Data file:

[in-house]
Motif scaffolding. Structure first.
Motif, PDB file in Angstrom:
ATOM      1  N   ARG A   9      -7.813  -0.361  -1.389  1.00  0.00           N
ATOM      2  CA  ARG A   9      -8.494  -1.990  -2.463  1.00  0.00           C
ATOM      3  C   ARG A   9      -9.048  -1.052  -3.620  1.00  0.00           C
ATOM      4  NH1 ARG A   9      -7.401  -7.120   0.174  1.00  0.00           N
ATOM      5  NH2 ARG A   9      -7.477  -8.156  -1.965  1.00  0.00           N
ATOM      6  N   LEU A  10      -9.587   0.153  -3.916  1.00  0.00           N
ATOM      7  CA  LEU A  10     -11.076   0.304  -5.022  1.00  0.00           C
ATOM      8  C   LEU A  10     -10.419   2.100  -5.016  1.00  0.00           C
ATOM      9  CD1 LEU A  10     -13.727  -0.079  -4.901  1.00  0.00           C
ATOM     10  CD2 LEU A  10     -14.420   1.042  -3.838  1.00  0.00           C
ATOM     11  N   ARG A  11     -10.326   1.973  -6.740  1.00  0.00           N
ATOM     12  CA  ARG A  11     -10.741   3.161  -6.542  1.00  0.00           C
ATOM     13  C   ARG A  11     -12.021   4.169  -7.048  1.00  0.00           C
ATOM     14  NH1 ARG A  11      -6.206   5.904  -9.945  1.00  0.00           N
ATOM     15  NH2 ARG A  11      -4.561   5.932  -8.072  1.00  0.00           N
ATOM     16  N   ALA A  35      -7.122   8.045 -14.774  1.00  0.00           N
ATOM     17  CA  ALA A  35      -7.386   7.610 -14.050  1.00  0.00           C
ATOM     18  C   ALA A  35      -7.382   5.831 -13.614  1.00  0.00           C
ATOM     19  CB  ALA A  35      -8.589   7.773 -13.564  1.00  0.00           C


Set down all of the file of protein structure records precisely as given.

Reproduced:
[in-house]
Motif scaffolding. Structure first.
Motif, PDB file in Angstrom:
ATOM      1  N   ARG A   9      -7.813  -0.361  -1.389  1.00  0.00           N
ATOM      2  CA  ARG A   9      -8.494  -1.990  -2.463  1.00  0.00           C
ATOM      3  C   ARG A   9      -9.048  -1.052  -3.620  1.00  0.00           C
ATOM      4  NH1 ARG A   9      -7.401  -7.120   0.174  1.00  0.00           N
ATOM      5  NH2 ARG A   9      -7.477  -8.156  -1.965  1.00  0.00           N
ATOM      6  N   LEU A  10      -9.587   0.153  -3.916  1.00  0.00           N
ATOM      7  CA  LEU A  10     -11.076   0.304  -5.022  1.00  0.00           C
ATOM      8  C   LEU A  10     -10.419   2.100  -5.016  1.00  0.00           C
ATOM      9  CD1 LEU A  10     -13.727  -0.079  -4.901  1.00  0.00           C
ATOM     10  CD2 LEU A  10     -14.420   1.042  -3.838  1.00  0.00           C
ATOM     11  N   ARG A  11     -10.326   1.973  -6.740  1.00  0.00           N
ATOM     12  CA  ARG A  11     -10.741   3.161  -6.542  1.00  0.00           C
ATOM     13  C   ARG A  11     -12.021   4.169  -7.048  1.00  0.00           C
ATOM     14  NH1 ARG A  11      -6.206   5.904  -9.945  1.00  0.00           N
ATOM     15  NH2 ARG A  11      -4.561   5.932  -8.072  1.00  0.00           N
ATOM     16  N   ALA A  35      -7.122   8.045 -14.774  1.00  0.00           N
ATOM     17  CA  ALA A  35      -7.386   7.610 -14.050  1.00  0.00           C
ATOM     18  C   ALA A  35      -7.382   5.831 -13.614  1.00  0.00           C
ATOM     19  CB  ALA A  35      -8.589   7.773 -13.564  1.00  0.00           C